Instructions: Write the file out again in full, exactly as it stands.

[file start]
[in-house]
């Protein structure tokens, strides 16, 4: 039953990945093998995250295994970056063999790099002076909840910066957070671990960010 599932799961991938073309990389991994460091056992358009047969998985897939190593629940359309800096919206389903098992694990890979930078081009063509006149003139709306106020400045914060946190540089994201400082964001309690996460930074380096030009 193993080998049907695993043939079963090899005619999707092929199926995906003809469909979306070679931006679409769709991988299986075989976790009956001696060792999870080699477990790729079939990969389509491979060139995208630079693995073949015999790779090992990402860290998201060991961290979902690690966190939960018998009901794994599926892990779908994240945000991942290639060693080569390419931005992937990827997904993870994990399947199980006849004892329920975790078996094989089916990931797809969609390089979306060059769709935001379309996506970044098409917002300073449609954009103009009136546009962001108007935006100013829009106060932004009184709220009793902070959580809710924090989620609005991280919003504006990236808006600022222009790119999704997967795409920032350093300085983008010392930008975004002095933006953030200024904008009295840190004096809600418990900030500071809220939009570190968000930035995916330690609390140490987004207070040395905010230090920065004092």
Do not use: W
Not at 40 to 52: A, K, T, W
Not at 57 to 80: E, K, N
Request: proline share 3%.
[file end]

[in-house]
């Protein structure tokens, strides 16, 4: 039953990945093998995250295994970056063999790099002076909840910066957070671990960010 599932799961991938073309990389991994460091056992358009047969998985897939190593629940359309800096919206389903098992694990890979930078081009063509006149003139709306106020400045914060946190540089994201400082964001309690996460930074380096030009 193993080998049907695993043939079963090899005619999707092929199926995906003809469909979306070679931006679409769709991988299986075989976790009956001696060792999870080699477990790729079939990969389509491979060139995208630079693995073949015999790779090992990402860290998201060991961290979902690690966190939960018998009901794994599926892990779908994240945000991942290639060693080569390419931005992937990827997904993870994990399947199980006849004892329920975790078996094989089916990931797809969609390089979306060059769709935001379309996506970044098409917002300073449609954009103009009136546009962001108007935006100013829009106060932004009184709220009793902070959580809710924090989620609005991280919003504006990236808006600022222009790119999704997967795409920032350093300085983008010392930008975004002095933006953030200024904008009295840190004096809600418990900030500071809220939009570190968000930035995916330690609390140490987004207070040395905010230090920065004092």
Do not use: W
Not at 40 to 52: A, K, T, W
Not at 57 to 80: E, K, N
Request: proline share 3%.